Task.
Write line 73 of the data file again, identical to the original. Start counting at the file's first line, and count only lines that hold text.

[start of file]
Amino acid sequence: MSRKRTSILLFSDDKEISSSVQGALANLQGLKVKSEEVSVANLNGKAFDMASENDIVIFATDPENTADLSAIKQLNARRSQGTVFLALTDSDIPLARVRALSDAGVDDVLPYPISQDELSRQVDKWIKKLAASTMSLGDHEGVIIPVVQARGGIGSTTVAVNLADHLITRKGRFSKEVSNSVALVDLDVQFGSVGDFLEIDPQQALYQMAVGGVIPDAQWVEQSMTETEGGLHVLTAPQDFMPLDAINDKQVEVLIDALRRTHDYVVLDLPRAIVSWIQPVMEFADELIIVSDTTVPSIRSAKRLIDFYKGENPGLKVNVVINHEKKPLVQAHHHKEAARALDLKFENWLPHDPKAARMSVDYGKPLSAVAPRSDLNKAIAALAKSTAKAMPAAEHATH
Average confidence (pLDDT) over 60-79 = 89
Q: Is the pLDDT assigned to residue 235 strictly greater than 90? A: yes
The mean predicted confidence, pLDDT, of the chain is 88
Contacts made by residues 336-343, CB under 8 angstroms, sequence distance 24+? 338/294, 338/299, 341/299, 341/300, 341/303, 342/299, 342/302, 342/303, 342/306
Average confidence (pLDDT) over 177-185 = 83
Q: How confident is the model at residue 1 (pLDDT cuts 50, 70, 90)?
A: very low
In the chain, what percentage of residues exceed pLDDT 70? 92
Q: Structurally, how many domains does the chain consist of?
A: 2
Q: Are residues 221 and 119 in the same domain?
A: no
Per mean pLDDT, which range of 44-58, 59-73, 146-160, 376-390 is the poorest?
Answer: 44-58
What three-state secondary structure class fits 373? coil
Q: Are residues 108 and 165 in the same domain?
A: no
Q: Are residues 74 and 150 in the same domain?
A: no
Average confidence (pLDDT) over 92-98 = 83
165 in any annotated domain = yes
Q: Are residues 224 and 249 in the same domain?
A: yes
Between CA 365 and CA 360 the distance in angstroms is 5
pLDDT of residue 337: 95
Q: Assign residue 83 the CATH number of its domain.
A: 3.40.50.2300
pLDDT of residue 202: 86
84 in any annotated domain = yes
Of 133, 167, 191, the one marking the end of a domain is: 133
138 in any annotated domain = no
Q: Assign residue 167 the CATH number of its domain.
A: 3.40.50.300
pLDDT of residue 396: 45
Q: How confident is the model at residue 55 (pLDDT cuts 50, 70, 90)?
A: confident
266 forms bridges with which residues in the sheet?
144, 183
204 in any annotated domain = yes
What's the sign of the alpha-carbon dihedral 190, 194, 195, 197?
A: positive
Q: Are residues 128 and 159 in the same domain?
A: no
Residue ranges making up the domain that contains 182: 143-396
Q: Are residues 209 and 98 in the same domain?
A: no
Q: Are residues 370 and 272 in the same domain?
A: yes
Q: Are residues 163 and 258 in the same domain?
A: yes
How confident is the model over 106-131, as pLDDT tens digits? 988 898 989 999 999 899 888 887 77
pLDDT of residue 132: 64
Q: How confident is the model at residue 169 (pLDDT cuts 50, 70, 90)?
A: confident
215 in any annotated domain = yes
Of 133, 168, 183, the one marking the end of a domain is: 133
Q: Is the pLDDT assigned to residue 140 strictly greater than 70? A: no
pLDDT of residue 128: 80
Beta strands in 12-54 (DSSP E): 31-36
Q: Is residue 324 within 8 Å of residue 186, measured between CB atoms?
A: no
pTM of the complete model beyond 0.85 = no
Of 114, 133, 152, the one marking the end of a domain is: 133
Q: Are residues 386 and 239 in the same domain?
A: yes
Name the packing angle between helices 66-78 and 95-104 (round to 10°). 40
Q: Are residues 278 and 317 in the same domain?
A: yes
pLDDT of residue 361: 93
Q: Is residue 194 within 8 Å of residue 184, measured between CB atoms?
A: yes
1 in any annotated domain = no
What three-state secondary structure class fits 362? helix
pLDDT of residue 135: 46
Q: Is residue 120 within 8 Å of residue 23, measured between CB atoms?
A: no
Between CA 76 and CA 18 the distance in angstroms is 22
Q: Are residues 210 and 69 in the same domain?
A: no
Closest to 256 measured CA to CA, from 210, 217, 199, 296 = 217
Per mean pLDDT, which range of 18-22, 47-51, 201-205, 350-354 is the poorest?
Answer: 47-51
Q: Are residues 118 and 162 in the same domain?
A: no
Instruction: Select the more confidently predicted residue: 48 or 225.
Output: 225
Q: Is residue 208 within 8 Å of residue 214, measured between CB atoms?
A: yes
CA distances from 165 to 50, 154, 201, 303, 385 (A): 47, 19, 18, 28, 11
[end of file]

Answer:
1 in any annotated domain = no